RSnake (Robert Hansen) predicts that since the industry is certainly not encouraging enough and often offensive against the disclosing party, the security researcher will probably go for more profitable options (such as selling vulnerabilities to black hats) or abandoning this field of research – either of which is not a desired outcome from a security perspective.

We can already see that attitude from Arcos, a security firm, with a the recent code-execution bug in Windows apps quoted in :

“I don’t know if you saw the draft of our new commercial disclosure policy, but we essentialy gave up on alerting vendors for free. We’ve been providing free research to them for over 10 years and it hasn’t paid out well. What you’re seeing on Bugtraq now are the “remains of the old days,” so to speak :-) We’ve found better markets for this kind of information. To answer your specific question: no, we have not reported any issues in the products you mentioned – and have no intention to, should we come across one."  [Emphasis ours].


August 19, 2010
 Religion and Log Files
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Customer sent an email with the following signature:

"In God I trust. For everyone else I keep log files."


 Intel + McAfee: what does it mean?
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Oracle buys Secerno.  IBM buys Guardium.  Now, Intel buys McAfee.

The lesson is simple:  security has become a business process.  In the past, the objective of security was all about keeping the bad guys out while letting the good guys inHowever, with the advent of insiders and as external hacking’s focus shifted to data theft, the objective of security professionals changed dramatically.  Data—and the transactions that moved data—meant security teams had to deploy security as a part of supply chains, online transactions and for online collaboration among customers, employees, partners and social networks.  

Today, cyber security can't be separated from business operations. For this reason, how security teams must view and approach their roles has changed dramatically.  For example, in the past a CIO’s role was laptop distribution.  Today, CIOs build supply chains.  In the past, CISOs distributed anti-virus and set up firewalls.  Today, they must know where data resides, where it moves and how to protect it which requires a serious, comprehensive data security practice.  This means security teams need to become business process experts to keep the bad guys disarmed while keeping the good guys productive.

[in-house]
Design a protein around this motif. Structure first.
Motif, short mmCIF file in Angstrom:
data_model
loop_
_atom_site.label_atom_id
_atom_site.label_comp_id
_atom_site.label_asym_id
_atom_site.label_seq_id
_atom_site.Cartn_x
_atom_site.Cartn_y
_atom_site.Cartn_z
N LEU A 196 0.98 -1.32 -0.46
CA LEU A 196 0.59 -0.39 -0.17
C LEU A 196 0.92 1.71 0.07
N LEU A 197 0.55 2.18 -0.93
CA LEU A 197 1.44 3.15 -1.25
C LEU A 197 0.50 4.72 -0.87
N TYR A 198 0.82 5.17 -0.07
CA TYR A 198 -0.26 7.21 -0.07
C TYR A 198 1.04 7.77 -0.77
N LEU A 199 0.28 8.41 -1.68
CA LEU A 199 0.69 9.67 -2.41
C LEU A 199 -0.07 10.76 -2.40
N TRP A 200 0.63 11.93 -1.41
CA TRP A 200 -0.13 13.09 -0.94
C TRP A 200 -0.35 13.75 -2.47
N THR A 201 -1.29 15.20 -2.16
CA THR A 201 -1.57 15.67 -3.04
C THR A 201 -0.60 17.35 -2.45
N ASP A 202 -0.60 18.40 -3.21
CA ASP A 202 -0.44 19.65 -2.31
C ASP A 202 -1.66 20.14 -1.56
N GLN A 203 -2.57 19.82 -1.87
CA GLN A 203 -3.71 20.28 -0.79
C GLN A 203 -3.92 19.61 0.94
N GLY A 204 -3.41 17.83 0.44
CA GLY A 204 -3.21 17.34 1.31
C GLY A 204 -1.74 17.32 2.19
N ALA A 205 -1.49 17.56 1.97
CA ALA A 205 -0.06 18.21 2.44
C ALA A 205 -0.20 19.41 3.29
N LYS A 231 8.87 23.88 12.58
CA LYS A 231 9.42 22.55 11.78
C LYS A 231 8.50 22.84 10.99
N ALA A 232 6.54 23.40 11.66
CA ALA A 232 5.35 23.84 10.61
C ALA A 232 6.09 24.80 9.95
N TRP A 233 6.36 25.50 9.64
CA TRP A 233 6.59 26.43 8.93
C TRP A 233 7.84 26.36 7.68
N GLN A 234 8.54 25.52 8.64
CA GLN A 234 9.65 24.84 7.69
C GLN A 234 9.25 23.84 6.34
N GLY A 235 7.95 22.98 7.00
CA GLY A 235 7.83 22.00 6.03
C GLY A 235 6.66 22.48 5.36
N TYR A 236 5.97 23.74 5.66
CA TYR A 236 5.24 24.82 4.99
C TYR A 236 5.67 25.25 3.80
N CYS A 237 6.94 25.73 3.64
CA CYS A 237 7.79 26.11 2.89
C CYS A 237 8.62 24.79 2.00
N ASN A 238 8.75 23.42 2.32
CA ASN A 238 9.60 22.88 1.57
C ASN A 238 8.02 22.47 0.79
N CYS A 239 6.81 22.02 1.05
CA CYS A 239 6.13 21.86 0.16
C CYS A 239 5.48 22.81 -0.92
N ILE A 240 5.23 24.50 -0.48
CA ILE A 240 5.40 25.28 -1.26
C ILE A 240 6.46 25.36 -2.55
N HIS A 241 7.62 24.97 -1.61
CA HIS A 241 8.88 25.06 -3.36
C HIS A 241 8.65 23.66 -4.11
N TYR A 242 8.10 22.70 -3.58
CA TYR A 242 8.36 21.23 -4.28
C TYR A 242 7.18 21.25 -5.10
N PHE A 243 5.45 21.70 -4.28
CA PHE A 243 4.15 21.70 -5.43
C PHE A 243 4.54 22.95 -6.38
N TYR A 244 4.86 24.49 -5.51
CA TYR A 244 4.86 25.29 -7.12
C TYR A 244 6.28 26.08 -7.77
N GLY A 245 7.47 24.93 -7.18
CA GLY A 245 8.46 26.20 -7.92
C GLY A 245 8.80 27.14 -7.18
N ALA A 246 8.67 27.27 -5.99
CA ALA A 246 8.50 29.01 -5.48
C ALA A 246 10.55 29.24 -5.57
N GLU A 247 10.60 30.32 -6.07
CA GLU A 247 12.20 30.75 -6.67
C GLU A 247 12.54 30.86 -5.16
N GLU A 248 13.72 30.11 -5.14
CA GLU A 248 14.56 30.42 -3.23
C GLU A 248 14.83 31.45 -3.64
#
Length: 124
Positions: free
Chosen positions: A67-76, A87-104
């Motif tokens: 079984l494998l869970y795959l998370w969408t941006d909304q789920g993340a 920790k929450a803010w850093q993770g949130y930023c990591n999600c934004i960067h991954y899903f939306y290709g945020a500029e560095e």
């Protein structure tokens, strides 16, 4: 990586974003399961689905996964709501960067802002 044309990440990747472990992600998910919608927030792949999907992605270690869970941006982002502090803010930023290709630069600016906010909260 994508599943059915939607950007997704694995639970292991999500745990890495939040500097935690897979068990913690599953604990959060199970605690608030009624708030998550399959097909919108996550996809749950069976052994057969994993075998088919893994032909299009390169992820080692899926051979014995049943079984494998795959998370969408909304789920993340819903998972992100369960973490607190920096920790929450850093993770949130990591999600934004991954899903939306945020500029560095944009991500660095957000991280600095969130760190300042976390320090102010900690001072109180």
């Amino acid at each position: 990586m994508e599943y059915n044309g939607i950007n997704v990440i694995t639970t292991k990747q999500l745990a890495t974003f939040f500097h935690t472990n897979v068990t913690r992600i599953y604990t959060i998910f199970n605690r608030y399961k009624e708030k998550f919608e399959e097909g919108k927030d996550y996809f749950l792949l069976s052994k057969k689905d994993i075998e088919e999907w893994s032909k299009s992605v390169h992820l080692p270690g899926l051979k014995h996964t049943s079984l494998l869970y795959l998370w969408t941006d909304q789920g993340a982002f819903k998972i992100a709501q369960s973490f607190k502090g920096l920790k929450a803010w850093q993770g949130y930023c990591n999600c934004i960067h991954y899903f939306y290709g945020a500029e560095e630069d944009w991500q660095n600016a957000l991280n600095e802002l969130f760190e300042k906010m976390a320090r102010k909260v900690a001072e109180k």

With this is in mind, Intel's purchase makes a lot of sense.  Welcome to the party.


August 18, 2010
 HP picks up Fortify for ~$250M
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HP buys Fortify and the rumor mill says it’s for ~$250M.  Fortify’s bookings in 2008 were $43M and not much more 2009, so they got around a 5x multiple.  Fortify went through five rounds of funding to get $40M in VC funding.    

The main players and their 2009 bookings in code analysis for security testing are:

·         Fortify/HP:  $44M

·         IBM/Ounce:  $10M (est.)

·         Veracode:  $10M (est.)

·         Checkmarx:  revenues unknown.

·         Armorize:  revenues unknown

Total market size:  about $100M.

The mistake Gartner and others have made is grouping companies like Coverity and Klocwork—which account for almost $80M in revenue.  These companies aren’t true security companies—their business is finding software quality issues in C/C++ code for embedded systems.  Very little of their business is based on finding vulnerabilities in Java or .NET—the programming languages that comprise most applications that hackers attack.  (Sure they find buffer overflows, but that’s far from a preponderance of security headaches these days).

HP and Fortify have been negotiating for more than a year, just after Ounce Labs was bought by IBM.  In the case of Ounce Labs, it was a well known “secret” that Ounce was dying and IBM picked up the company as a fire sale.  Fortify, although not profitable, had some cash on hand and wasn’t in a hurry so the process got drawn out.  But Fortify had a business model problem:  to succeed, the python needed to swallow the pig.  In other words, Fortify needed a large deal or two every quarter to meet financial goals—such as the (rare) $7M US Air Force deal in 2008.  But finding the pig often proved as elusive as the truffle.  This meant Fortify’s cash position could often get tenuous.    It’s possible—though I don’t know—that Fortify missed a quarter or the current quarter looked bleak, accelerating the acquisition.   It’s also possible they got a big pig that suddenly made them seem more attractive.